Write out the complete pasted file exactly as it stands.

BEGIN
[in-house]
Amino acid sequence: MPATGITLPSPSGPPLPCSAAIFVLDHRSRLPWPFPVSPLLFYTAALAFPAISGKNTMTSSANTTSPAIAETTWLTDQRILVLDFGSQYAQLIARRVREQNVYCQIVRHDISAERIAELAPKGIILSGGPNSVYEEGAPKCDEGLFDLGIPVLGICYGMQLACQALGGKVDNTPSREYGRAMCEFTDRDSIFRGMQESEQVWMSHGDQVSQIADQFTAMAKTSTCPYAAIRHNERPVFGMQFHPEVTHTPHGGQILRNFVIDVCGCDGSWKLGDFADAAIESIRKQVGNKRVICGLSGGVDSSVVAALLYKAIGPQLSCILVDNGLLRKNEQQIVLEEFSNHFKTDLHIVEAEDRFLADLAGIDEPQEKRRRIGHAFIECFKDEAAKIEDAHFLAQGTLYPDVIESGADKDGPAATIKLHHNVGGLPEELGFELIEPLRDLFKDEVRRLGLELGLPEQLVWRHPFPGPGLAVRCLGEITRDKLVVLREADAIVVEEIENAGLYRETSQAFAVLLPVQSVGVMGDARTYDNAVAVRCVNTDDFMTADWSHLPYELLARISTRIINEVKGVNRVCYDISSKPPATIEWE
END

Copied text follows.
[in-house]
Amino acid sequence: MPATGITLPSPSGPPLPCSAAIFVLDHRSRLPWPFPVSPLLFYTAALAFPAISGKNTMTSSANTTSPAIAETTWLTDQRILVLDFGSQYAQLIARRVREQNVYCQIVRHDISAERIAELAPKGIILSGGPNSVYEEGAPKCDEGLFDLGIPVLGICYGMQLACQALGGKVDNTPSREYGRAMCEFTDRDSIFRGMQESEQVWMSHGDQVSQIADQFTAMAKTSTCPYAAIRHNERPVFGMQFHPEVTHTPHGGQILRNFVIDVCGCDGSWKLGDFADAAIESIRKQVGNKRVICGLSGGVDSSVVAALLYKAIGPQLSCILVDNGLLRKNEQQIVLEEFSNHFKTDLHIVEAEDRFLADLAGIDEPQEKRRRIGHAFIECFKDEAAKIEDAHFLAQGTLYPDVIESGADKDGPAATIKLHHNVGGLPEELGFELIEPLRDLFKDEVRRLGLELGLPEQLVWRHPFPGPGLAVRCLGEITRDKLVVLREADAIVVEEIENAGLYRETSQAFAVLLPVQSVGVMGDARTYDNAVAVRCVNTDDFMTADWSHLPYELLARISTRIINEVKGVNRVCYDISSKPPATIEWE